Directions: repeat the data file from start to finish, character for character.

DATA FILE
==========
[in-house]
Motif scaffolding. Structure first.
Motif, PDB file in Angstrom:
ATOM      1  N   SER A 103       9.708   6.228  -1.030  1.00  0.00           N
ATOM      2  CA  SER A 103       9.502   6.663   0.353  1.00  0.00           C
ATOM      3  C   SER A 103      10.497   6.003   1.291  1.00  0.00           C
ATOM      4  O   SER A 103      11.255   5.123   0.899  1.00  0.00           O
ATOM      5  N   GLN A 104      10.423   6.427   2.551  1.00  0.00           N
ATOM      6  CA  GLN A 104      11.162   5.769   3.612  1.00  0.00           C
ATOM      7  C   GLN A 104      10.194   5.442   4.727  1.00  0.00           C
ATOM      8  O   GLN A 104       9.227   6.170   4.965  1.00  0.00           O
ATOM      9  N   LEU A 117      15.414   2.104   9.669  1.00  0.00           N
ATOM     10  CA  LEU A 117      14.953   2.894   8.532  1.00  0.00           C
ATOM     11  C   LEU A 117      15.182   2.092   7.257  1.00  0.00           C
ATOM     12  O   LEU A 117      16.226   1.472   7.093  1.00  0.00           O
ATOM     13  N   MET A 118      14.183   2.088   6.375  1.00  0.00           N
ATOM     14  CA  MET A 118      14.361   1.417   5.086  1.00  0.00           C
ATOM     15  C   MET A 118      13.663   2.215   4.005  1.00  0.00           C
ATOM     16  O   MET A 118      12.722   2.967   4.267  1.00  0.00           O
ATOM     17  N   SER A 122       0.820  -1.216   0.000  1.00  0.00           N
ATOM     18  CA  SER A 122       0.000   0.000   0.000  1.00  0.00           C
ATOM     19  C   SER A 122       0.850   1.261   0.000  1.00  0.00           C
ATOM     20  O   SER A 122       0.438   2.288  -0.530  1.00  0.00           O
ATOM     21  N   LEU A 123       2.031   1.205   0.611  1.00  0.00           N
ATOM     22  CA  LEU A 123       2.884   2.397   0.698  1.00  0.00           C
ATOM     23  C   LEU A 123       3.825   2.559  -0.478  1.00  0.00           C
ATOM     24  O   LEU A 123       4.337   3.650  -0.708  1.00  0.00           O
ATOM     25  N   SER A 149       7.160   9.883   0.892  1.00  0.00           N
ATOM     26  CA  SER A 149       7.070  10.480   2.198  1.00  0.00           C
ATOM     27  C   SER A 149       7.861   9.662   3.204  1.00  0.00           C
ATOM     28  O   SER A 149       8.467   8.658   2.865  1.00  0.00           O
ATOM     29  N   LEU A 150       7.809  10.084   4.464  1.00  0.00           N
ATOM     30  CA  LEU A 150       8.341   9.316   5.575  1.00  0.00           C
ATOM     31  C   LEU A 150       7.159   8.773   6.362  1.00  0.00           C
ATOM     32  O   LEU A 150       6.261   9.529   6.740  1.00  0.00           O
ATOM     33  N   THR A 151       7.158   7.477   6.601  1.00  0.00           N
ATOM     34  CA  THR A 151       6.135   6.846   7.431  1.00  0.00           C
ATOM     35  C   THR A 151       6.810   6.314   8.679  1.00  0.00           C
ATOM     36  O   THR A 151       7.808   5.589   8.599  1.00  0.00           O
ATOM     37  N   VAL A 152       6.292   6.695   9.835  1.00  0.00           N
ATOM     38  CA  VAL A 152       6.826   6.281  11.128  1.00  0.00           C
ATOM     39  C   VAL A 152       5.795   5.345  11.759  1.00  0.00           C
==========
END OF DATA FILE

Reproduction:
[in-house]
Motif scaffolding. Structure first.
Motif, PDB file in Angstrom:
ATOM      1  N   SER A 103       9.708   6.228  -1.030  1.00  0.00           N
ATOM      2  CA  SER A 103       9.502   6.663   0.353  1.00  0.00           C
ATOM      3  C   SER A 103      10.497   6.003   1.291  1.00  0.00           C
ATOM      4  O   SER A 103      11.255   5.123   0.899  1.00  0.00           O
ATOM      5  N   GLN A 104      10.423   6.427   2.551  1.00  0.00           N
ATOM      6  CA  GLN A 104      11.162   5.769   3.612  1.00  0.00           C
ATOM      7  C   GLN A 104      10.194   5.442   4.727  1.00  0.00           C
ATOM      8  O   GLN A 104       9.227   6.170   4.965  1.00  0.00           O
ATOM      9  N   LEU A 117      15.414   2.104   9.669  1.00  0.00           N
ATOM     10  CA  LEU A 117      14.953   2.894   8.532  1.00  0.00           C
ATOM     11  C   LEU A 117      15.182   2.092   7.257  1.00  0.00           C
ATOM     12  O   LEU A 117      16.226   1.472   7.093  1.00  0.00           O
ATOM     13  N   MET A 118      14.183   2.088   6.375  1.00  0.00           N
ATOM     14  CA  MET A 118      14.361   1.417   5.086  1.00  0.00           C
ATOM     15  C   MET A 118      13.663   2.215   4.005  1.00  0.00           C
ATOM     16  O   MET A 118      12.722   2.967   4.267  1.00  0.00           O
ATOM     17  N   SER A 122       0.820  -1.216   0.000  1.00  0.00           N
ATOM     18  CA  SER A 122       0.000   0.000   0.000  1.00  0.00           C
ATOM     19  C   SER A 122       0.850   1.261   0.000  1.00  0.00           C
ATOM     20  O   SER A 122       0.438   2.288  -0.530  1.00  0.00           O
ATOM     21  N   LEU A 123       2.031   1.205   0.611  1.00  0.00           N
ATOM     22  CA  LEU A 123       2.884   2.397   0.698  1.00  0.00           C
ATOM     23  C   LEU A 123       3.825   2.559  -0.478  1.00  0.00           C
ATOM     24  O   LEU A 123       4.337   3.650  -0.708  1.00  0.00           O
ATOM     25  N   SER A 149       7.160   9.883   0.892  1.00  0.00           N
ATOM     26  CA  SER A 149       7.070  10.480   2.198  1.00  0.00           C
ATOM     27  C   SER A 149       7.861   9.662   3.204  1.00  0.00           C
ATOM     28  O   SER A 149       8.467   8.658   2.865  1.00  0.00           O
ATOM     29  N   LEU A 150       7.809  10.084   4.464  1.00  0.00           N
ATOM     30  CA  LEU A 150       8.341   9.316   5.575  1.00  0.00           C
ATOM     31  C   LEU A 150       7.159   8.773   6.362  1.00  0.00           C
ATOM     32  O   LEU A 150       6.261   9.529   6.740  1.00  0.00           O
ATOM     33  N   THR A 151       7.158   7.477   6.601  1.00  0.00           N
ATOM     34  CA  THR A 151       6.135   6.846   7.431  1.00  0.00           C
ATOM     35  C   THR A 151       6.810   6.314   8.679  1.00  0.00           C
ATOM     36  O   THR A 151       7.808   5.589   8.599  1.00  0.00           O
ATOM     37  N   VAL A 152       6.292   6.695   9.835  1.00  0.00           N
ATOM     38  CA  VAL A 152       6.826   6.281  11.128  1.00  0.00           C
ATOM     39  C   VAL A 152       5.795   5.345  11.759  1.00  0.00           C